Monday, October 10, 2016


What a difference, appropriate materials make! I explained the problem I had with my first monochrome attempt, was the IXL charcoal blocks - used on top of the gesso paint. Well, I found some charcoal sketching pencils, hidden in my supplies cupboard, which I hoped would be more appropriate. I used the "soft" one (as opposed to medium, or hard) with great success this time.

The charcoal blended perfectly with the gesso paint and allowed me to make more expressive marks. I used a reference picture of a windmill, but added my own marks to make it appear as if, it was moving.

It's a simple study, but one of my favourites. Because it's the first time I've been able to capture "movement". It aims a little more on the abstract side (technique wise) but still a recognisable subject in the end.

I was able to complete this in about an hour. Why is it important to note the time? Because it's one of the strategies I'm using to be able to fit creative time in. It's a little window I get in the evenings, where toddlers are asleep and older siblings can watch a favourite show with dad. So small and simple projects, are what works best.

Friday, October 7, 2016

Male torso

I did a painting during the Touchstone course, which I would not normally do. It wasn't part of the course material, but I stumbled across it on the course creator's video collection.

When (or if) I ever find that video again, I'll be sure to post a link. I could not find it in my history files, and a search of the blog again, did not result in success either. It was actually a tutorial from one of the courses she runs, to demonstrate what to expect from the course. Perhaps it was removed?

So anyway, enter my abstract figure painting, in acrylic...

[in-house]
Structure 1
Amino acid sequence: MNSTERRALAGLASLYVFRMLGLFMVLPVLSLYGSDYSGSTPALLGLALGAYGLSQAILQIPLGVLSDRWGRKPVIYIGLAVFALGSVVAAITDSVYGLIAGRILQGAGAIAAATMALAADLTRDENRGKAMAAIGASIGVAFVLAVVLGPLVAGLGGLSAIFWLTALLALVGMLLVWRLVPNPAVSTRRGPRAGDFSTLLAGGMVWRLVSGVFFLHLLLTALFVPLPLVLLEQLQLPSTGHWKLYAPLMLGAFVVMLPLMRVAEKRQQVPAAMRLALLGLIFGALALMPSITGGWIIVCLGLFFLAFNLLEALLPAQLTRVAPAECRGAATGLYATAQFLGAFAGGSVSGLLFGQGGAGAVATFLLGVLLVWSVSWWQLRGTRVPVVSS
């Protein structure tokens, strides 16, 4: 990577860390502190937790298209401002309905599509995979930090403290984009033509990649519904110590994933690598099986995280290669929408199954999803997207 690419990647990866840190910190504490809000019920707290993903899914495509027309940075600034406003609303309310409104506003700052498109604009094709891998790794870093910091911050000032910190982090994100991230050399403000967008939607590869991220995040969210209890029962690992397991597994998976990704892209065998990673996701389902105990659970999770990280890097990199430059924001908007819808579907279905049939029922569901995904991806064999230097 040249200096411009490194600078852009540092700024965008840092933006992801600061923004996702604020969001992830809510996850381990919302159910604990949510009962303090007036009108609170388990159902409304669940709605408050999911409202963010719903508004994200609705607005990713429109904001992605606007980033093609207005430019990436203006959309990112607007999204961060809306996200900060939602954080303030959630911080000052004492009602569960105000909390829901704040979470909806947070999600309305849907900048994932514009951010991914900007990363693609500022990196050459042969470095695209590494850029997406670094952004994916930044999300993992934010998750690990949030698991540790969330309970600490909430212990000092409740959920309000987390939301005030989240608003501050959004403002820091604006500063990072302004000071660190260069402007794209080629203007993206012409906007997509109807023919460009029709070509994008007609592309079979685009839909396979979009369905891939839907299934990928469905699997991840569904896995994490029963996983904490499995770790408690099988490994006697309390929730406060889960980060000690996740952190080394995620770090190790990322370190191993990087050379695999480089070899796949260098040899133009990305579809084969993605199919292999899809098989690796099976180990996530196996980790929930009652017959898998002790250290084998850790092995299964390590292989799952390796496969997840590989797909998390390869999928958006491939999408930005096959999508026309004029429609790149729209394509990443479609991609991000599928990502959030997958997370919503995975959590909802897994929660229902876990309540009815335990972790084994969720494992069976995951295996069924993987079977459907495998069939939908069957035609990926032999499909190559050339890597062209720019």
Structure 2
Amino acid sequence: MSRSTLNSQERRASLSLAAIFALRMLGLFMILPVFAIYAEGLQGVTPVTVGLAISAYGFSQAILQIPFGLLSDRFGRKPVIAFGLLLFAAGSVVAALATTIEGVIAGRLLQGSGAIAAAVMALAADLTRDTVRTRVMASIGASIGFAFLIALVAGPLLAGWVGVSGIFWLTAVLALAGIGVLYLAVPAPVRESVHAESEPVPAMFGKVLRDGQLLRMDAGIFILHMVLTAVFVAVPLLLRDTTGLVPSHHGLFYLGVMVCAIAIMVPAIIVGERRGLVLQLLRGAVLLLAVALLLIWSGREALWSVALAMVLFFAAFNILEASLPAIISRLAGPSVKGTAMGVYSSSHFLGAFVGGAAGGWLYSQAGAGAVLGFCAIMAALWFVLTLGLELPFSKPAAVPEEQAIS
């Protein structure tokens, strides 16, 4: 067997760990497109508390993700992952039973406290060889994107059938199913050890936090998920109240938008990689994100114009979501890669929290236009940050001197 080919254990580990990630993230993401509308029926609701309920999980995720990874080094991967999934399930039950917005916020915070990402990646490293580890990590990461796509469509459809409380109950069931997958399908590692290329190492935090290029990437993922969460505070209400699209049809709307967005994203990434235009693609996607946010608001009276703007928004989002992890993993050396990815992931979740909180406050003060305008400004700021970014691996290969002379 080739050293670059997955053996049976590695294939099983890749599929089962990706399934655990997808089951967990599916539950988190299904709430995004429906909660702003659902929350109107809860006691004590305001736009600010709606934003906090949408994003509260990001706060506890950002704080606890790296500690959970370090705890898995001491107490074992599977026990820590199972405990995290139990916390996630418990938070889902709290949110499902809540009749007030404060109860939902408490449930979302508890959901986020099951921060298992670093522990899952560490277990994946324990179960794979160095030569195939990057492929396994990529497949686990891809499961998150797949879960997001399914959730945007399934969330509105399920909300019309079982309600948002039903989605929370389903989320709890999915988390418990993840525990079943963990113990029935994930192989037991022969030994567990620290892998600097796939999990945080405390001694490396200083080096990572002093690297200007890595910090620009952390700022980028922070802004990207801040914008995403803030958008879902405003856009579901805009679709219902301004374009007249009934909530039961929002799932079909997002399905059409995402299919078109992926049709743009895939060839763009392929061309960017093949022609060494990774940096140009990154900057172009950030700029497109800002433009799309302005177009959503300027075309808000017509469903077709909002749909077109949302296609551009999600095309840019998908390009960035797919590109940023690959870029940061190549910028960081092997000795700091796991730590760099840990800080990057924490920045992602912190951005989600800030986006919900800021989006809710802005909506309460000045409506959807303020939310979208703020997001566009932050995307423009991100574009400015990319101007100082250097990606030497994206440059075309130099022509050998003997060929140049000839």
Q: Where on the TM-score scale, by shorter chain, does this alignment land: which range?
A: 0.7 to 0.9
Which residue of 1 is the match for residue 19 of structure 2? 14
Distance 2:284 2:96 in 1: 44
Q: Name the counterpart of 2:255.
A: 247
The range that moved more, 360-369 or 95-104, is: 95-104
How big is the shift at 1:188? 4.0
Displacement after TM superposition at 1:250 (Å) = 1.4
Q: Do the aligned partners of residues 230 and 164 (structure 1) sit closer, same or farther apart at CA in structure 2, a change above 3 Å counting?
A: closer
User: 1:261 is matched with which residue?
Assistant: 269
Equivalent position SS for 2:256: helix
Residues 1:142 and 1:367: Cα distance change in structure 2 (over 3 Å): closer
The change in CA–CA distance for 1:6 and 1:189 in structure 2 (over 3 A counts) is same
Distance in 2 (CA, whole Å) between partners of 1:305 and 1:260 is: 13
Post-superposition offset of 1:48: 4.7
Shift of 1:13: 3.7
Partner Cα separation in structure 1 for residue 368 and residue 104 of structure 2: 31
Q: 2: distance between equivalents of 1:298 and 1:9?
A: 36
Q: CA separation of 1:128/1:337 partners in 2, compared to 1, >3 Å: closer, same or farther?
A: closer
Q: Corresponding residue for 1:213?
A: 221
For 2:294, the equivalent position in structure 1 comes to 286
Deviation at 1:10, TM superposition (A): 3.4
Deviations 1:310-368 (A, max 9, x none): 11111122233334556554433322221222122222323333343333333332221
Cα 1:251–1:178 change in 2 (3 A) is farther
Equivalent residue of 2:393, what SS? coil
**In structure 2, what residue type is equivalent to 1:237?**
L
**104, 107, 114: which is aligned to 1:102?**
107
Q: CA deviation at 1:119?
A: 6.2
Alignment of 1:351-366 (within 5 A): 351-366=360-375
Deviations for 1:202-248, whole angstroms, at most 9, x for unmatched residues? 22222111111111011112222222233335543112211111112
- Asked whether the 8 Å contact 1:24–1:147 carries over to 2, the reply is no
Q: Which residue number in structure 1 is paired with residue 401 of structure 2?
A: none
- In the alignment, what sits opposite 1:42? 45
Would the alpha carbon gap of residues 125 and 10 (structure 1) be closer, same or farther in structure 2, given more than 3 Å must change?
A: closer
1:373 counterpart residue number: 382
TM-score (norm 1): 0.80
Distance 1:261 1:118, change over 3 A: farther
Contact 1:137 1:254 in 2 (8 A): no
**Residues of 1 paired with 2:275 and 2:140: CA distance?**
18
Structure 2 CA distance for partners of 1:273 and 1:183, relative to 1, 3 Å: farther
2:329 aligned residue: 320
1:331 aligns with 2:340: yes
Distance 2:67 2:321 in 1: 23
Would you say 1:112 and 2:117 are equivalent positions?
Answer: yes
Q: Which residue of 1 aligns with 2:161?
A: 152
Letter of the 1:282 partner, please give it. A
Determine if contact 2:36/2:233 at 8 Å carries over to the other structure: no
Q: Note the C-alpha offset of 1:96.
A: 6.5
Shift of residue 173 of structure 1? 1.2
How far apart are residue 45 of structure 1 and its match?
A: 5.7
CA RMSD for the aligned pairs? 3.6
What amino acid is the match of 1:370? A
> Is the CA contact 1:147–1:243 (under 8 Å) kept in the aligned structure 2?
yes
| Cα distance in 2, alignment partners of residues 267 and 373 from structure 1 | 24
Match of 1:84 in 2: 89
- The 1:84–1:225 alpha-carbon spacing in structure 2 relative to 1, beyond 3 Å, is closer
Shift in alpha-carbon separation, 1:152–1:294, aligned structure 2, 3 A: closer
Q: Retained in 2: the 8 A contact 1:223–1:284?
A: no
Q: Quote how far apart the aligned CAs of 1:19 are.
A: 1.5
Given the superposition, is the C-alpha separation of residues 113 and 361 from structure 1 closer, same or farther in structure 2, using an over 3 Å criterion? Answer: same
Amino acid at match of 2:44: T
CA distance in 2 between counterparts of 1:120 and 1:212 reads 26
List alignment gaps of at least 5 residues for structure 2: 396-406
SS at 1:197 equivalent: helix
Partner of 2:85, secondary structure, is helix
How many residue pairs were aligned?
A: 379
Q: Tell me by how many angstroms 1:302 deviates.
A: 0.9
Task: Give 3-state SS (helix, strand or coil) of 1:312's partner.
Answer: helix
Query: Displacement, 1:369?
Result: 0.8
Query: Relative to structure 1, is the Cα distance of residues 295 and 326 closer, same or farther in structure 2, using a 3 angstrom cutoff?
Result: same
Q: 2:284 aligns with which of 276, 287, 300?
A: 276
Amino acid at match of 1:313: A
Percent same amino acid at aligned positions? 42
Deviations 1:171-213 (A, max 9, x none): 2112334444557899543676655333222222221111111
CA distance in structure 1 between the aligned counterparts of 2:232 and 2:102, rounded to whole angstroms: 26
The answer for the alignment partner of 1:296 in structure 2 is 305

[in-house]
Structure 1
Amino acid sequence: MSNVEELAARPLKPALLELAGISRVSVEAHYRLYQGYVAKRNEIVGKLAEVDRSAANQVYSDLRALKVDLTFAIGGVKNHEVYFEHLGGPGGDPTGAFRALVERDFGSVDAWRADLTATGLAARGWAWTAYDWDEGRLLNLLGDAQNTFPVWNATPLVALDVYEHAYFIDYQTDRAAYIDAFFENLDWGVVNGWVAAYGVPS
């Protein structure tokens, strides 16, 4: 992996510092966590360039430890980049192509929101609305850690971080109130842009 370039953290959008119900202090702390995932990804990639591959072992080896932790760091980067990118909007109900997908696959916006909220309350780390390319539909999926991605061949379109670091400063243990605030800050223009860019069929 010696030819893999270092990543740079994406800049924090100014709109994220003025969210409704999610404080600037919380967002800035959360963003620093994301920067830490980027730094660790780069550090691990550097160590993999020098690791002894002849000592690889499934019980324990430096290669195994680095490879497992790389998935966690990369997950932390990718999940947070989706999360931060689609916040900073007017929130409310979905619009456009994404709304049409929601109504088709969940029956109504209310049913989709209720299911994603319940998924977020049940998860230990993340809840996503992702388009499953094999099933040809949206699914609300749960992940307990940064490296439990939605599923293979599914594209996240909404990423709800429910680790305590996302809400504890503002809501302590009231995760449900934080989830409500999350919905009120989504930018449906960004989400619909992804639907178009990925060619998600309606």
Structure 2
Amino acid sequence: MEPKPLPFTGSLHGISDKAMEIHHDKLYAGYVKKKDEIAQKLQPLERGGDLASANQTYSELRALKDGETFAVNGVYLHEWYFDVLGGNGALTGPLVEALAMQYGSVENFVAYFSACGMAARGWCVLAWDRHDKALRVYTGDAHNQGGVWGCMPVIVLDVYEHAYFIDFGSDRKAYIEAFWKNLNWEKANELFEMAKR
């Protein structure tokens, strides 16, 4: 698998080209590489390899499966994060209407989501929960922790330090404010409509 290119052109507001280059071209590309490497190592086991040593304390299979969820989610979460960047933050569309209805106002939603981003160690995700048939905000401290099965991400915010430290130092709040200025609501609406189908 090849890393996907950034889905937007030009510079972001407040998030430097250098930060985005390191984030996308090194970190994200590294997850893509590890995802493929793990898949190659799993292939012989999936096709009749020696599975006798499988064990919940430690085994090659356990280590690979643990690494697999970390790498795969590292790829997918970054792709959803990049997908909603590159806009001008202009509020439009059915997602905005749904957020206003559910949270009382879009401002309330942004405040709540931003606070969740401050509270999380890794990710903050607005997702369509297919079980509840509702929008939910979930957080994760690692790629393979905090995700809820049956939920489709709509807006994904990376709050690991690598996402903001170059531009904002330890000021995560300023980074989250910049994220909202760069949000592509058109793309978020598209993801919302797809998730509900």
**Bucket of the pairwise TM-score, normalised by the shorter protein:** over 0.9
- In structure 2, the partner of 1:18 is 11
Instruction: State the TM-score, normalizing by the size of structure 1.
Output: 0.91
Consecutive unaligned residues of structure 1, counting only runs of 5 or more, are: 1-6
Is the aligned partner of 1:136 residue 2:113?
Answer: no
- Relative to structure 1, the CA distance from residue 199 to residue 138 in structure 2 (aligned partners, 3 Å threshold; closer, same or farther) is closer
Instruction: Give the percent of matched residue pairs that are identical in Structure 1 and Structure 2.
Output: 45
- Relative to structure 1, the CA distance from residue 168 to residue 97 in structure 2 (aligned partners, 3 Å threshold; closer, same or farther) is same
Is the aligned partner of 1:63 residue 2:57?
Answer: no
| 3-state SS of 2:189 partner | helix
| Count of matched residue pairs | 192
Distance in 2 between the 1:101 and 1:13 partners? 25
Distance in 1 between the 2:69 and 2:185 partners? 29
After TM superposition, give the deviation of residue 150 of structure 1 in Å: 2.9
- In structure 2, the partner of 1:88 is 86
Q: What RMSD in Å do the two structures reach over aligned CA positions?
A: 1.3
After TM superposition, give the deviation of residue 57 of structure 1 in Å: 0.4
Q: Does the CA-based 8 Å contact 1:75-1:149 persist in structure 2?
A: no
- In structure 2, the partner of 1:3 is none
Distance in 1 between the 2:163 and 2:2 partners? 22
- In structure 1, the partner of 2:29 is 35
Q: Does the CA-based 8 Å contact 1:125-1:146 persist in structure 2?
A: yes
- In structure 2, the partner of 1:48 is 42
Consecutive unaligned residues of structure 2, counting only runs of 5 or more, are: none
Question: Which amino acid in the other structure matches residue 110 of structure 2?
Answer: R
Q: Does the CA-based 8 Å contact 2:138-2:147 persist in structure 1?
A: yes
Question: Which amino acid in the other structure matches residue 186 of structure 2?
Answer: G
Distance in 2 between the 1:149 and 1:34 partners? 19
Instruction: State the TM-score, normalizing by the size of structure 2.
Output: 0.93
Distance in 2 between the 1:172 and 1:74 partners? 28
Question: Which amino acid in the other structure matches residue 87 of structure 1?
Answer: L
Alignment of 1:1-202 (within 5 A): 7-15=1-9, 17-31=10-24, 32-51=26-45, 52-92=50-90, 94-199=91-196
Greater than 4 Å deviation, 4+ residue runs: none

completed September 28

I decided to opt for a male figure, as it tends to be traditional to paint the female figure. The entire painting is different to anything I would normally do, but what I like about the Touchstone course, is how it pushes you beyond what you believe you are capable.

Not that it necessarily "forces" you to. It's however much you want to push yourself, in whatever direction you choose. It was fun to be prompted outside my regular process.

Monochrome Bromeliad

I haven't been very good at updating my progress on the Touchstone course. It has now officially completed (the live session anyway) but we are free to return to the private members group on Facebook, to continue sharing our progress. I will endeavour to continue updating this blog, with the art I made during this time.

Recently, I drew a monochrome study, as part of the course. The aim was to get a feel for the different values between white and black.

Bromeliad - click to enlarge

It was recommended charcoal and gesso (thick white paint) be used together. Although I found it really difficult to work with them. The gesso went over the charcoal, no problem, but the charcoal ate into the gesso - leaving indent marks, instead of black.

I switched to an oil pastel however and it worked much better on the gesso. If I were to do this again, I would just use my white and black charcoal blocks. It was a fun exercise nonetheless.